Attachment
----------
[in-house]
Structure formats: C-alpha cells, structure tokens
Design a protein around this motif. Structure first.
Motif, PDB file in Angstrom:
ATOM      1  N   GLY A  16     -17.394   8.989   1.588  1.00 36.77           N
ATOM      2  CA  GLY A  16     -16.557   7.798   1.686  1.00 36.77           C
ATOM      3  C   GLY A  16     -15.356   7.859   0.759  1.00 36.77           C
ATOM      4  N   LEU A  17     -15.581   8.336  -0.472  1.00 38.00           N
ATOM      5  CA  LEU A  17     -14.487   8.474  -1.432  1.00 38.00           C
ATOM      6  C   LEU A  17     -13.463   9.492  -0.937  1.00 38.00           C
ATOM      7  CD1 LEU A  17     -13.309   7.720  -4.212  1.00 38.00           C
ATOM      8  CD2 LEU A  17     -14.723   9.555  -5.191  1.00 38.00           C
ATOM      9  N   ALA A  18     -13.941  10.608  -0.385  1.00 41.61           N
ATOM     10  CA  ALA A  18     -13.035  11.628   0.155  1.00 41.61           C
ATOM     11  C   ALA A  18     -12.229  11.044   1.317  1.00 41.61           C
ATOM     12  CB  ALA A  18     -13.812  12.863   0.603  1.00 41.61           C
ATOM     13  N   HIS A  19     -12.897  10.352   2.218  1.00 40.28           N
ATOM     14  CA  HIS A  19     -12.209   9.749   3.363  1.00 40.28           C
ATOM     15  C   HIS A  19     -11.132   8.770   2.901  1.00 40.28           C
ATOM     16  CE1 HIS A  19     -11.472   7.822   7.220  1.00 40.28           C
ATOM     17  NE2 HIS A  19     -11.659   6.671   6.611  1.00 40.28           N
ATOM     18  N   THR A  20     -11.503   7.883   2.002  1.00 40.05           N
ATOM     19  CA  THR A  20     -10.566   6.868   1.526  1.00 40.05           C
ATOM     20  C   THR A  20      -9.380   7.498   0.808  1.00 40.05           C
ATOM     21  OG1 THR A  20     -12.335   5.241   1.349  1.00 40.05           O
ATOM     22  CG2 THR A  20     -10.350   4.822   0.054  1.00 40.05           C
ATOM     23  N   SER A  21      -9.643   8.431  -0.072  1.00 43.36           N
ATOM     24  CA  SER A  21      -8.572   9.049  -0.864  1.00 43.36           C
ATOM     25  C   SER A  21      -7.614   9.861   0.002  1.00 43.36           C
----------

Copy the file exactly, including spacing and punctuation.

[in-house]
Structure formats: C-alpha cells, structure tokens
Design a protein around this motif. Structure first.
Motif, PDB file in Angstrom:
ATOM      1  N   GLY A  16     -17.394   8.989   1.588  1.00 36.77           N
ATOM      2  CA  GLY A  16     -16.557   7.798   1.686  1.00 36.77           C
ATOM      3  C   GLY A  16     -15.356   7.859   0.759  1.00 36.77           C
ATOM      4  N   LEU A  17     -15.581   8.336  -0.472  1.00 38.00           N
ATOM      5  CA  LEU A  17     -14.487   8.474  -1.432  1.00 38.00           C
ATOM      6  C   LEU A  17     -13.463   9.492  -0.937  1.00 38.00           C
ATOM      7  CD1 LEU A  17     -13.309   7.720  -4.212  1.00 38.00           C
ATOM      8  CD2 LEU A  17     -14.723   9.555  -5.191  1.00 38.00           C
ATOM      9  N   ALA A  18     -13.941  10.608  -0.385  1.00 41.61           N
ATOM     10  CA  ALA A  18     -13.035  11.628   0.155  1.00 41.61           C
ATOM     11  C   ALA A  18     -12.229  11.044   1.317  1.00 41.61           C
ATOM     12  CB  ALA A  18     -13.812  12.863   0.603  1.00 41.61           C
ATOM     13  N   HIS A  19     -12.897  10.352   2.218  1.00 40.28           N
ATOM     14  CA  HIS A  19     -12.209   9.749   3.363  1.00 40.28           C
ATOM     15  C   HIS A  19     -11.132   8.770   2.901  1.00 40.28           C
ATOM     16  CE1 HIS A  19     -11.472   7.822   7.220  1.00 40.28           C
ATOM     17  NE2 HIS A  19     -11.659   6.671   6.611  1.00 40.28           N
ATOM     18  N   THR A  20     -11.503   7.883   2.002  1.00 40.05           N
ATOM     19  CA  THR A  20     -10.566   6.868   1.526  1.00 40.05           C
ATOM     20  C   THR A  20      -9.380   7.498   0.808  1.00 40.05           C
ATOM     21  OG1 THR A  20     -12.335   5.241   1.349  1.00 40.05           O
ATOM     22  CG2 THR A  20     -10.350   4.822   0.054  1.00 40.05           C
ATOM     23  N   SER A  21      -9.643   8.431  -0.072  1.00 43.36           N
ATOM     24  CA  SER A  21      -8.572   9.049  -0.864  1.00 43.36           C
ATOM     25  C   SER A  21      -7.614   9.861   0.002  1.00 43.36           C